Just How Irrelevant is the NEA?

This irrelevant: on Tuesday, July 4th, at its annual Delegate Assembly, the National Education Association passed a resolution that would suck the heart out of the healthy charter school sector that currently serves 5% of American schoolchildren. Specifically, NEA leaders resolved that charters must be approved by local traditional school districts (ensuring that no charter ever be approved); that all charters adopt local districts’ pay scales and, presumably, tenure laws; that no charters be expanded, regardless of demand, without considering “the district’s operating and capital expenses”; and that all charters within a state, contrary to best practices, be approved by a “single local authorizing entity.”

Finally, in a fireworks display of reality-impairment that rivals Trump at his worst, NEA declared that “charters inflict significant harms on both students and communities.”

No doubt parents and their children who patiently line up to secure scant slots at public charters schools  would challenge this #AlternativeFact.  In its response to the resolution, the National Alliance of Public Charter Schools noted that “this past school year, six of the 10 U.S. News Best High Schools in America were public charter schools, new studies found considerably greater learning is happening at high-quality charter schools, and a Massachusetts charter school teacher was recognized as National Teacher of the Year.”

One can only assume that the impetus for this absurd “resolution” is fear of competition, never a healthy motivation. Greg Richmond told Stephen Sawchuk, “The NEA seems to be saying that they are not against charter schools as long as they operate just like district schools,” right down to union contracts and school board politics. “What’s the point?”

The point, apparently, is to make charter schools irrelevant. But this strategy won’t work because the resolution merely puts NEA leadership in the position of courting its own irrelevance. Charters aren’t going away. They’re expanding every year. The lesson here shouldn’t be to make innovative charters more like traditional schools but to offer traditional schools some of the freedom from bureaucracy — in exchange for higher degrees of accountability — that make the best charters so beneficial to children and and their parents.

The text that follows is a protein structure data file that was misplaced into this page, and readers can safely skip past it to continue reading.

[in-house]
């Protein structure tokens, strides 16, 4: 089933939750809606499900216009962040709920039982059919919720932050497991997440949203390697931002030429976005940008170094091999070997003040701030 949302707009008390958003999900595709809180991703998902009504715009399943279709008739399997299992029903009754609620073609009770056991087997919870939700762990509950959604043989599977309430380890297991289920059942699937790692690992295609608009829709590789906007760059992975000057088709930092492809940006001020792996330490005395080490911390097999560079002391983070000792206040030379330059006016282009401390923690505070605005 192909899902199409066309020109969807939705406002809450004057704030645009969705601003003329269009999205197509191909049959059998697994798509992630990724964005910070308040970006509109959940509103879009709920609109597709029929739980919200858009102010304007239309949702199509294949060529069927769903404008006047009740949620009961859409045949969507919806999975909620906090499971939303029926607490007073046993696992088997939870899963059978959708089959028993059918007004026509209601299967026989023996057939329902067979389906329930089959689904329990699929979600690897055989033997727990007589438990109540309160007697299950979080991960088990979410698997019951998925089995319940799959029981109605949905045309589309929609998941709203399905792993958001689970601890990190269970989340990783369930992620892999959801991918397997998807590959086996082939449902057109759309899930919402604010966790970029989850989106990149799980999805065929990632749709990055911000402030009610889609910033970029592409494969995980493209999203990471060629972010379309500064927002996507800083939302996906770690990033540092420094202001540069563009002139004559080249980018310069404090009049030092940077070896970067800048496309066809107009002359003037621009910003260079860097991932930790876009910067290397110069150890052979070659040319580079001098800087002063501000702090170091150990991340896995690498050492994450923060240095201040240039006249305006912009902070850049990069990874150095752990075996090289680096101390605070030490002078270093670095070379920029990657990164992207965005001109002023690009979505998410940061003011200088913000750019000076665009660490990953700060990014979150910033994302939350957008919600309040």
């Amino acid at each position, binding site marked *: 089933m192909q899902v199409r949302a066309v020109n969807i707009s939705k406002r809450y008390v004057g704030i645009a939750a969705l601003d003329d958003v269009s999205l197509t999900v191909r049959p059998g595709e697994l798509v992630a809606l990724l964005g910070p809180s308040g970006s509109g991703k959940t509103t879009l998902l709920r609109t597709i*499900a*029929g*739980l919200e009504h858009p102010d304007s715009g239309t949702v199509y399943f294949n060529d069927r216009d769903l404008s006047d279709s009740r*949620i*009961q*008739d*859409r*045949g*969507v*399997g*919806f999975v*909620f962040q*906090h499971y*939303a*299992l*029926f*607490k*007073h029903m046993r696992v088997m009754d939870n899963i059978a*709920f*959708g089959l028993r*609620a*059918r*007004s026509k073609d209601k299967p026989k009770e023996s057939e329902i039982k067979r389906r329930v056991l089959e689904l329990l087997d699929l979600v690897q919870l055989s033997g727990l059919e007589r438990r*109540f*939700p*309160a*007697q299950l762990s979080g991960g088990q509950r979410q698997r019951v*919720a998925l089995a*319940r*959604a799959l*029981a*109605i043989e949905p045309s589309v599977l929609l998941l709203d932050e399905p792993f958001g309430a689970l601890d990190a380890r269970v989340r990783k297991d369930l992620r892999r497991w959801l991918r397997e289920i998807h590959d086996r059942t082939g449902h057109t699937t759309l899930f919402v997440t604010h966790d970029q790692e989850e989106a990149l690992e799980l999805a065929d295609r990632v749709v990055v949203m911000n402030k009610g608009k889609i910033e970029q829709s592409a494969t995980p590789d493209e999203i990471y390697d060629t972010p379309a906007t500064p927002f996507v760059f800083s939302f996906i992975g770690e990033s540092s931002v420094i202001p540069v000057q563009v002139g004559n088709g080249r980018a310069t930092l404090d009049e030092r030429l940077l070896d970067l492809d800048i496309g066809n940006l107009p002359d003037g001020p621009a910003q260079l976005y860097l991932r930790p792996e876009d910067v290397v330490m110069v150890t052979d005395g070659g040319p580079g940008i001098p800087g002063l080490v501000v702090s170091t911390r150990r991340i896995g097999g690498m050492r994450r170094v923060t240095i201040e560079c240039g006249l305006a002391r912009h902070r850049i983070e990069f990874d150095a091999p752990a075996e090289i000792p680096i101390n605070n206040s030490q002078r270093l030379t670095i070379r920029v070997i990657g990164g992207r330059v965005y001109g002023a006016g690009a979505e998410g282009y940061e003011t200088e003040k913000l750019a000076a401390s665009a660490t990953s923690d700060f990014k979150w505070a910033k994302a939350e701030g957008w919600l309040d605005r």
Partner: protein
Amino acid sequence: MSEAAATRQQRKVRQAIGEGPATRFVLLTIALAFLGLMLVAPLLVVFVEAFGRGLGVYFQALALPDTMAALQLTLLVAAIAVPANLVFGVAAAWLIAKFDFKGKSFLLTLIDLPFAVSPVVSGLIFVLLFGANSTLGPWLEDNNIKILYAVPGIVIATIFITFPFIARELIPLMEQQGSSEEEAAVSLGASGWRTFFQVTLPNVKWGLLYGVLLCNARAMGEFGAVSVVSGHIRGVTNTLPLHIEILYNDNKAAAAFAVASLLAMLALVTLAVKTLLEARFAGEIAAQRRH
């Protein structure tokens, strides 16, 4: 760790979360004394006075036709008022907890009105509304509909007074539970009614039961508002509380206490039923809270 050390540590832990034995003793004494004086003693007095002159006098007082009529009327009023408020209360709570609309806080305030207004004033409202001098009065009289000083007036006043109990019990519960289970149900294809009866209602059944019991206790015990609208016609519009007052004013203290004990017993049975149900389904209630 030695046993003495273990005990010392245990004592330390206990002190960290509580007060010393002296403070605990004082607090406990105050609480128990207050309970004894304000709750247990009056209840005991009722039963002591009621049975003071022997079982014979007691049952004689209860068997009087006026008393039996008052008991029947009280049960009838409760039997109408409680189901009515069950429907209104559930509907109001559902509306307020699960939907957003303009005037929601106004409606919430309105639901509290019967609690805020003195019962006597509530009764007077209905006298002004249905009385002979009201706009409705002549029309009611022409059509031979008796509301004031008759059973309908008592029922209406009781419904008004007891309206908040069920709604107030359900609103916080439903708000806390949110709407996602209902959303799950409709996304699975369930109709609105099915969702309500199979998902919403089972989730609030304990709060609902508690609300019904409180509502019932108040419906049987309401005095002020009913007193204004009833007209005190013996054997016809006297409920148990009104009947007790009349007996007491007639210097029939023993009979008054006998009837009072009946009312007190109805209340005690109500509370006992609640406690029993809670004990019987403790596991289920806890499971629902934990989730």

But stay strong, reality-lovers. Not every governing body is irrelevant. Yesterday, one day after the NEA resolution was approved, the New Jersey State Board of Education approved the following changes to charter school law regulations:

  • Charter schools will be able to guarantee that students who attend pre-K at the charter school will have a seat for kindergarten.
  • The state will allow charter schools to enter into lease agreements that last longer than the schools are approved to operate.
  • The Department of Education will maintain a list of vacant public school buildings that charter schools can attempt to rent.
  • Renovations and improvements at charter school buildings can be paid for with state and local funds.
  • Charter schools in any district will be allowed to operate satellite campuses.

The NJ BOE revisions are student-centered, offering continuity, a small degree of facilities aid, and much-needed satellite campuses. In addition, they serve as a stern remonstrance to Education Law Center, which has filed complaints against satellite campuses, specifically in Newark and Camden, where securing a seat in a charter is like scoring a winning lottery ticket.

So all hail the NJ Board and all mourn — or celebrate, if that’s your druthers, although it’s not mine  — the irrelevance of the once-mighty NEA, now reduced to blatant adult-centrism, with nary a consideration of the needs of children and families.

What do you think?

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